Big thanks to Mumsnet too for the copy!


Hey Frogletsmum. That’s lovely. My favourite character in the book is probably Maureen, the ‘helpful’ woman next door. I like characters who show more than one side of their nature, and Maureen has more faces than the town clock, as she might say herself. I also feel there is a humour in her that I would appreciate in real life. She tried to gee life along, whilst revealing a lot of intolerance at the same time. As for the two sections of the book, the sheltered housing front and the battlefront, I have to admit they were both equally difficult to do. But in myself I probably felt closer to Anne’s story, the way she is getting forgetful in old age but somehow finding a new horizon in herself. I felt I knew her, though I’ve never known anybody exactly like her. She was with me, and always will be.
whatwoulddexterdo · 27/01/2016 21:11

Hi Andrew,
Thanks so much for coming to mumsnet to talk to us tonight. I loved your book. You write beautifully and I was very moved in places. I would like to ask you about the split narratives. Why did you choose to structure the book in this way? Do you write the characters simultaneously or separately? Also how do you write from a female perspective? I found Anne's and Maureens characters to be very realistic and wonder how you manage to achieve this?
Thanks again and good luck with your future projects.

Corygal1 · 27/01/2016 21:13

Bloody hell, I don't think she's a MNetter.

Hey Andrew - thanks a million for all those Back of the Net Yesssss moments you have produced for so many people, eg me, for years. You are brilliant at Writing Things Down For the First Time. I am properly grateful, so thank you.

Reminds me of Evelyn Waugh a bit. Anyway, how do you decide what bits of now to do - and what do you really want to write about next?

AndrewOHagan · 27/01/2016 21:13

@RoastieToastieReastie

currently enjoying the book, Andrew. I particularly like how the characters seem so real. I think everyone has known a Maureen at some point Grin.
I wondered whose story you enjoyed writing the most, Anne's or Lukes's?
I agree with LocalEditor that it was insightful into the army realities and see from your note of thanks at the beginning of the book you've had some help with making it a realistic depiction (I can but assuming as I know nothing about what it would be like).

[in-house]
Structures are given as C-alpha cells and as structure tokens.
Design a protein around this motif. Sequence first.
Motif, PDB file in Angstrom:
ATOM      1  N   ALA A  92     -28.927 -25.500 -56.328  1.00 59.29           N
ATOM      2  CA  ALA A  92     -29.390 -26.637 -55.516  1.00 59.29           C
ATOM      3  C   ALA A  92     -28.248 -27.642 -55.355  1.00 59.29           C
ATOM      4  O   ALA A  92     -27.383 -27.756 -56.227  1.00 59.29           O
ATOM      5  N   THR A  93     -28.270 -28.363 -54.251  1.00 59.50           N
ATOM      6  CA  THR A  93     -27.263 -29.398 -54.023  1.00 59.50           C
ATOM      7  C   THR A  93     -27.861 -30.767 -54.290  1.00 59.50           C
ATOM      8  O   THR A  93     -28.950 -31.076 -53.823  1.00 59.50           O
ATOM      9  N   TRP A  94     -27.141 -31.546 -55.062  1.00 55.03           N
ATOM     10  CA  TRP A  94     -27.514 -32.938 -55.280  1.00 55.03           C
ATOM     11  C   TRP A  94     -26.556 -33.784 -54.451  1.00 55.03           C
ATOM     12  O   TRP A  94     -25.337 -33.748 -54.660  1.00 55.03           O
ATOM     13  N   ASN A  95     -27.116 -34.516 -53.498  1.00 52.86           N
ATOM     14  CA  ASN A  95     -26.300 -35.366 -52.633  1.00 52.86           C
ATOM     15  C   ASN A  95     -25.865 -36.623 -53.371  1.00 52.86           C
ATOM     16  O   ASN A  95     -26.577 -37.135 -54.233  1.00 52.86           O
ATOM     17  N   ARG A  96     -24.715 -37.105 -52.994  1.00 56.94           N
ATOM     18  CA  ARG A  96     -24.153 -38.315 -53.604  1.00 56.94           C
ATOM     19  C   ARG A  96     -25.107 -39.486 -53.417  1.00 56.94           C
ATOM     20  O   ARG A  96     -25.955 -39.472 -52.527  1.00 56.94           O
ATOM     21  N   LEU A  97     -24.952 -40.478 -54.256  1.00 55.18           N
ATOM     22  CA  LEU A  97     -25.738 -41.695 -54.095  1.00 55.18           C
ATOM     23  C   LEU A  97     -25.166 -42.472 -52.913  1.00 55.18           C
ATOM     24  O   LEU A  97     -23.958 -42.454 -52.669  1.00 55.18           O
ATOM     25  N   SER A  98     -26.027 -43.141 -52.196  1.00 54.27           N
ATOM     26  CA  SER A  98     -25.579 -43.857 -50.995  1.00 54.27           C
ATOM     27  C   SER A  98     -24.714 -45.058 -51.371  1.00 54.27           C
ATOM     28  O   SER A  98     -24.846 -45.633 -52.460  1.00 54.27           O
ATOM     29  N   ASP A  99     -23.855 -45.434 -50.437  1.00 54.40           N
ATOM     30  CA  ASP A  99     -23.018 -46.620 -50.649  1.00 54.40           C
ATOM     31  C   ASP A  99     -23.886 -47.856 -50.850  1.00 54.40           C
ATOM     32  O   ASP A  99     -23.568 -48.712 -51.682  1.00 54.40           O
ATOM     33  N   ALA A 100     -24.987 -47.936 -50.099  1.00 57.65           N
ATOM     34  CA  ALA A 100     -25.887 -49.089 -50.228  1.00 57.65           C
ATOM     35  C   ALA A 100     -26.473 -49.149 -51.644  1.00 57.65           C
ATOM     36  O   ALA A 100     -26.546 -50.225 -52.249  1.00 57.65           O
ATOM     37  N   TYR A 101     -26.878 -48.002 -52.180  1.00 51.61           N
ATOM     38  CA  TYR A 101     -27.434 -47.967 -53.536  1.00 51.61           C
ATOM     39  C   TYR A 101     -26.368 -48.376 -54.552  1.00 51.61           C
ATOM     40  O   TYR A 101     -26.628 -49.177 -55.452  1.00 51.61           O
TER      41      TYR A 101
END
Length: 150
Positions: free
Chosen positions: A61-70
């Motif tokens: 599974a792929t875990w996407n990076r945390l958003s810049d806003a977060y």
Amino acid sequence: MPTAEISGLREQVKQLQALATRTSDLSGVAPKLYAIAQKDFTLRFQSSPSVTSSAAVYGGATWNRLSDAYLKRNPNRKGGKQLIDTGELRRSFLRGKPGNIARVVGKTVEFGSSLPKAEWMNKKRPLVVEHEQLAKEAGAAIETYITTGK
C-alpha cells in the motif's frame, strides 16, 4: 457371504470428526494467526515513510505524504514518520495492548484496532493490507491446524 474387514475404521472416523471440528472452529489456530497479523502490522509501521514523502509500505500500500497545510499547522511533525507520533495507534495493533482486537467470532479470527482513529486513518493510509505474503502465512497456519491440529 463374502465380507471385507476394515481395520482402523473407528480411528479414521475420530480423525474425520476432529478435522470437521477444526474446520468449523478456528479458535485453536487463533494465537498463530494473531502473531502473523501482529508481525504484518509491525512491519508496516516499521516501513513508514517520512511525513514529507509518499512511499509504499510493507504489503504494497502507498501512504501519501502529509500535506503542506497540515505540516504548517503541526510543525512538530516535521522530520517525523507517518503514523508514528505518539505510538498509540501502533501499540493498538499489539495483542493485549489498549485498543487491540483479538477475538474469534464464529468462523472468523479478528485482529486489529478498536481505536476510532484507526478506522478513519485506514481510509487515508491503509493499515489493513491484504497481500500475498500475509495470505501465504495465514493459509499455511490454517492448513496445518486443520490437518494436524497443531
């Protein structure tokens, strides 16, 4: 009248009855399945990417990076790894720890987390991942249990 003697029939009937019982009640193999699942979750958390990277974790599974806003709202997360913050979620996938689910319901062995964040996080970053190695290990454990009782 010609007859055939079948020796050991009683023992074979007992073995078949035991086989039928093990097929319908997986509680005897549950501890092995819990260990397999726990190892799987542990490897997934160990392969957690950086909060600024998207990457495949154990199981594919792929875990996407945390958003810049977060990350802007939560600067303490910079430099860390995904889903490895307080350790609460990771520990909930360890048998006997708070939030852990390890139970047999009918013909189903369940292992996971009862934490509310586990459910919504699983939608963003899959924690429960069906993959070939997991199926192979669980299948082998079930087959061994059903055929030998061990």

Thank you so much RoastieToastie. The war scenes were difficult to write and even more difficult (and dangerous!) to research. My daughter made me promise, when I came back, that I would never go anywhere like that again.
Givemecoffeeplease · 27/01/2016 21:14

Thank you. I'd forgotten about I Am David. Must dig it out. If you liked that as a kid, try The Silver Sword by Ian Serailler (might have that spelt wrong) - a fab pre-teens book. ESP relevant as you have an 11 year old DD.

Like others I'm agog at that story of the kid in Afghanistan. Just grim.

AndrewOHagan · 27/01/2016 21:16

@gailforce1

Hi Andrew
I would like to ask you about your involvement with the Scottish Book Trust. I have watched the you tube clip but unfortunately the sound level was too low to hear you at the end.
I saw your typewriter and computer - do you type your drafts first then move on to the computer?


The Scottish Book Trust is a wonderful organisation, bringing not only the experience of reading but the VALUE of being a reader to children young and old all round Scotland. It's a country if I can be allowed to say so that has been punching about its weight in terms of literature for 500 years, and that should always be there as an enriching part of every person's life. So, I'm delighted to do what I can for them.
FernieB · 27/01/2016 21:18

Thank you for answering my questions Andrew. Can I also thank you for your pragmatic portrayal of dementia. So often characters with dementia are written as though that is the only aspect of their character, but you made it a small part of the personality.

I also liked Maureen best - I know a few people like her!

AndrewOHagan · 27/01/2016 21:19

@Givemecoffeeplease

Another Q from me. Why Blackpool? I've never seen the illuminations, but they are so representative of being around for a long time (Anne), and enchanting for all ages and generations. They are a constant in the book, and will be around long after Anne has gone. A nice motif - what do the illuminations mean to you?


Thank you. I have to tell you, when I was a kid the Blackpool illuminations were the most glamorous thing. Just the idea of them used to make me excited about the prospects that life could hold. And the glamour was a very working-class kind, people working all year and having a fortnight in Blackpool that they'd looked forward to so much. And I guess I grew up with that image -- all my people understood it. And as a novelist the idea of illumination began to connect with all sorts of other things. Sometimes that's what a story is, a journey that a single image take you on. When I was in Afghanistan I understood, seeing the red bullet tracer in the night, how it could lead a young officer back to Blackpool.